The role of convexity in perceptual completion: beyond good continuation

TitleThe role of convexity in perceptual completion: beyond good continuation
Publication TypeJournal Articles
Year of Publication1999
AuthorsLiu Z, Jacobs DW, Basri R
JournalVision Research
Pagination4244 - 4257
Date Published1999/12//
ISBN Number0042-6989
KeywordsAmodal completion, Convexity, Good continuation, Grouping, Stereoscopic depth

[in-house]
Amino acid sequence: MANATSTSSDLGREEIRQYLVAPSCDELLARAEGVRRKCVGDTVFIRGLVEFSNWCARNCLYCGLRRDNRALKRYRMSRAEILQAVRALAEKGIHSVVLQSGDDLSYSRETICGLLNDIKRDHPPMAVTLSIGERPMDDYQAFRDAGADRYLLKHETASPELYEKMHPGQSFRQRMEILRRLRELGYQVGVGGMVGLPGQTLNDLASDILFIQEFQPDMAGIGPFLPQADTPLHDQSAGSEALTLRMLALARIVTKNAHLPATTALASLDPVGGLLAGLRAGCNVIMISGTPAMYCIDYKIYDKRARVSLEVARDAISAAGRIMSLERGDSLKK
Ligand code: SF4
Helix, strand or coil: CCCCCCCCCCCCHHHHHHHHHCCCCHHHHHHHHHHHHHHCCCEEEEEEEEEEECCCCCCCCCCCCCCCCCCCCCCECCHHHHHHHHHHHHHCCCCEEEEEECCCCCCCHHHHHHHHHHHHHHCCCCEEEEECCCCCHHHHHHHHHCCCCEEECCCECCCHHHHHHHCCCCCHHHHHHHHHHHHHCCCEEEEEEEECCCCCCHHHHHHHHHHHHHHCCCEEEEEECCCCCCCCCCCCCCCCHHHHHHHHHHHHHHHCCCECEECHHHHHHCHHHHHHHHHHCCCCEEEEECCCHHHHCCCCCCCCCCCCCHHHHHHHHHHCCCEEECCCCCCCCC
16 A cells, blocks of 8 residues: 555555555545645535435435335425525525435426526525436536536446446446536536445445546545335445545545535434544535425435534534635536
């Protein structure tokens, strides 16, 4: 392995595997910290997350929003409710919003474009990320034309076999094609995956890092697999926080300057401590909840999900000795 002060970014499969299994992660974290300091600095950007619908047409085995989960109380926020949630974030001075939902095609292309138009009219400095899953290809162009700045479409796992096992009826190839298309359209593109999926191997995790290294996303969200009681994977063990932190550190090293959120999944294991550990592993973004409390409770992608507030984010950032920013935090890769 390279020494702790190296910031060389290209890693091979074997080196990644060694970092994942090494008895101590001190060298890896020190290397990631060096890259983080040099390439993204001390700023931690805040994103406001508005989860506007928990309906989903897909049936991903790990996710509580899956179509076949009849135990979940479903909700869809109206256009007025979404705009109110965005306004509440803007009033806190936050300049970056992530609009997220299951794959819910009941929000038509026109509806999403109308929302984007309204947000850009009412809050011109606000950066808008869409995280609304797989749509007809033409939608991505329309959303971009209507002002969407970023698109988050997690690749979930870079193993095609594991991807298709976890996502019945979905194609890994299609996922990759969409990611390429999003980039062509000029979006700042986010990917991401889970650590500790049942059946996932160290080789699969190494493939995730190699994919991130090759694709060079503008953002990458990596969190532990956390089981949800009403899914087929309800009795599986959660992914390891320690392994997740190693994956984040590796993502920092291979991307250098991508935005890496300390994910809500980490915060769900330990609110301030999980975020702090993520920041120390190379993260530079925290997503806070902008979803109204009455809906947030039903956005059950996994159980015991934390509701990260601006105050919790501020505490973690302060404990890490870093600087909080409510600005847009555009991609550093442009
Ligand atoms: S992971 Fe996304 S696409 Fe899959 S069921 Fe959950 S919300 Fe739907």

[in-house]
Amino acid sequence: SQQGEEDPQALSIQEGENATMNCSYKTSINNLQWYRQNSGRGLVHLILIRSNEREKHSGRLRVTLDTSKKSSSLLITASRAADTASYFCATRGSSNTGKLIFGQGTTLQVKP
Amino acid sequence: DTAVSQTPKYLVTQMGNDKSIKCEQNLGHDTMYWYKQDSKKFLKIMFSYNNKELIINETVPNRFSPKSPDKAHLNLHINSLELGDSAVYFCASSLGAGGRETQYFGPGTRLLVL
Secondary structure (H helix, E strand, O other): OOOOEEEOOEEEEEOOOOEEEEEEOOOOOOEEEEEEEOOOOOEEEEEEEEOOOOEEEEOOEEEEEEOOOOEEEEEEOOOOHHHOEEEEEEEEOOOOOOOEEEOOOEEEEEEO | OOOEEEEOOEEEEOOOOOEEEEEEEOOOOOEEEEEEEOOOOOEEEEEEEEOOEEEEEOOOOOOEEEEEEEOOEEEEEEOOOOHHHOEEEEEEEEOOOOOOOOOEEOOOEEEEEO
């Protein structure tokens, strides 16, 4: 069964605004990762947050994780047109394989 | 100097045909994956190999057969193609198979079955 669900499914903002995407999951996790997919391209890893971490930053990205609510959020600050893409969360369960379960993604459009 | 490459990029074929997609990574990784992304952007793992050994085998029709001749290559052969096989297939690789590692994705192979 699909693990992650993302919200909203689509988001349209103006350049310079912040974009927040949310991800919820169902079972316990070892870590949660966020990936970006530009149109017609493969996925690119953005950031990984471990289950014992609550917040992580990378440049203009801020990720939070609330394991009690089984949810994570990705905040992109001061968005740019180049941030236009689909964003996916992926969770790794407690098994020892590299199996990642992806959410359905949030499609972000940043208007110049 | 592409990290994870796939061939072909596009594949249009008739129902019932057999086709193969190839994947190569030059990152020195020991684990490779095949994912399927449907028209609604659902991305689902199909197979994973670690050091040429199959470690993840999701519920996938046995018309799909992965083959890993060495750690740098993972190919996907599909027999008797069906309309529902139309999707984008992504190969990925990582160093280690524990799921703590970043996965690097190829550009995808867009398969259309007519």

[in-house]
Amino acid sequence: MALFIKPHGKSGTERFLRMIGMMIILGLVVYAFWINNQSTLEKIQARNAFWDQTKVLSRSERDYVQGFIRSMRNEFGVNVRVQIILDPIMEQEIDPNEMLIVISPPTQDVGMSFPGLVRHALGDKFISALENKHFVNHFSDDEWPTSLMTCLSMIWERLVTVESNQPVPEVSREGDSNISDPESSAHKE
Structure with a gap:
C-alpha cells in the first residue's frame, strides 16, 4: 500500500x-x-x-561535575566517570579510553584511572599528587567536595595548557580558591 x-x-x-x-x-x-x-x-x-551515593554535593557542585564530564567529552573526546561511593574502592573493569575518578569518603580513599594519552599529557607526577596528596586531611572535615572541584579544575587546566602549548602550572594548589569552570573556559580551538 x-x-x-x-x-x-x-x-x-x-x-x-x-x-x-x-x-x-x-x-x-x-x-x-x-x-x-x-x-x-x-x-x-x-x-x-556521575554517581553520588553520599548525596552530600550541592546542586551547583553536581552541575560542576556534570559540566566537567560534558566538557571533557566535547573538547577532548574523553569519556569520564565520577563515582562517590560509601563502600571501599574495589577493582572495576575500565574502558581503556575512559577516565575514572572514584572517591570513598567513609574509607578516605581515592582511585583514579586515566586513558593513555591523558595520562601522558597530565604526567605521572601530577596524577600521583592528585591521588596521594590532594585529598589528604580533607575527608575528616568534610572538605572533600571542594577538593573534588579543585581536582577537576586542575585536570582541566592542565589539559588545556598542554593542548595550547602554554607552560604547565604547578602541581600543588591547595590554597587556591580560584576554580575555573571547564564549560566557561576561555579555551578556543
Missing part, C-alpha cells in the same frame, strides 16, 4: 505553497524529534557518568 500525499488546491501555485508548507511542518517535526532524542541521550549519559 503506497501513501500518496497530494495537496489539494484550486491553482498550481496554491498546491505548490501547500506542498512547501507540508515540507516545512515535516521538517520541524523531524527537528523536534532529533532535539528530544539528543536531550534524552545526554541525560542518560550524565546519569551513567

Since the seminal work of the Gestalt psychologists, there has been great interest in understanding what factors determine the perceptual organization of images. While the Gestaltists demonstrated the significance of grouping cues such as similarity, proximity and good continuation, it has not been well understood whether their catalog of grouping cues is complete — in part due to the paucity of effective methodologies for examining the significance of various grouping cues. We describe a novel, objective method to study perceptual grouping of planar regions separated by an occluder. We demonstrate that the stronger the grouping between two such regions, the harder it will be to resolve their relative stereoscopic depth. We use this new method to call into question many existing theories of perceptual completion (Ullman, S. (1976). Biological Cybernetics, 25, 1–6; Shashua, A., & Ullman, S. (1988). 2nd International Conference on Computer Vision (pp. 321–327); Parent, P., & Zucker, S. (1989). IEEE Transactions on Pattern Analysis and Machine Intelligence, 11, 823–839; Kellman, P. J., & Shipley, T. F. (1991). Cognitive psychology, Liveright, New York; Heitger, R., & von der Heydt, R. (1993). A computational model of neural contour processing, figure-ground segregation and illusory contours. In Internal Conference Computer Vision (pp. 32–40); Mumford, D. (1994). Algebraic geometry and its applications, Springer, New York; Williams, L. R., & Jacobs, D .W. (1997). Neural Computation, 9, 837–858) that are based on Gestalt grouping cues by demonstrating that convexity plays a strong role in perceptual completion. In some cases convexity dominates the effects of the well known Gestalt cue of good continuation. While convexity has been known to play a role in figure/ground segmentation (Rubin, 1927; Kanizsa & Gerbino, 1976), this is the first demonstration of its importance in perceptual completion.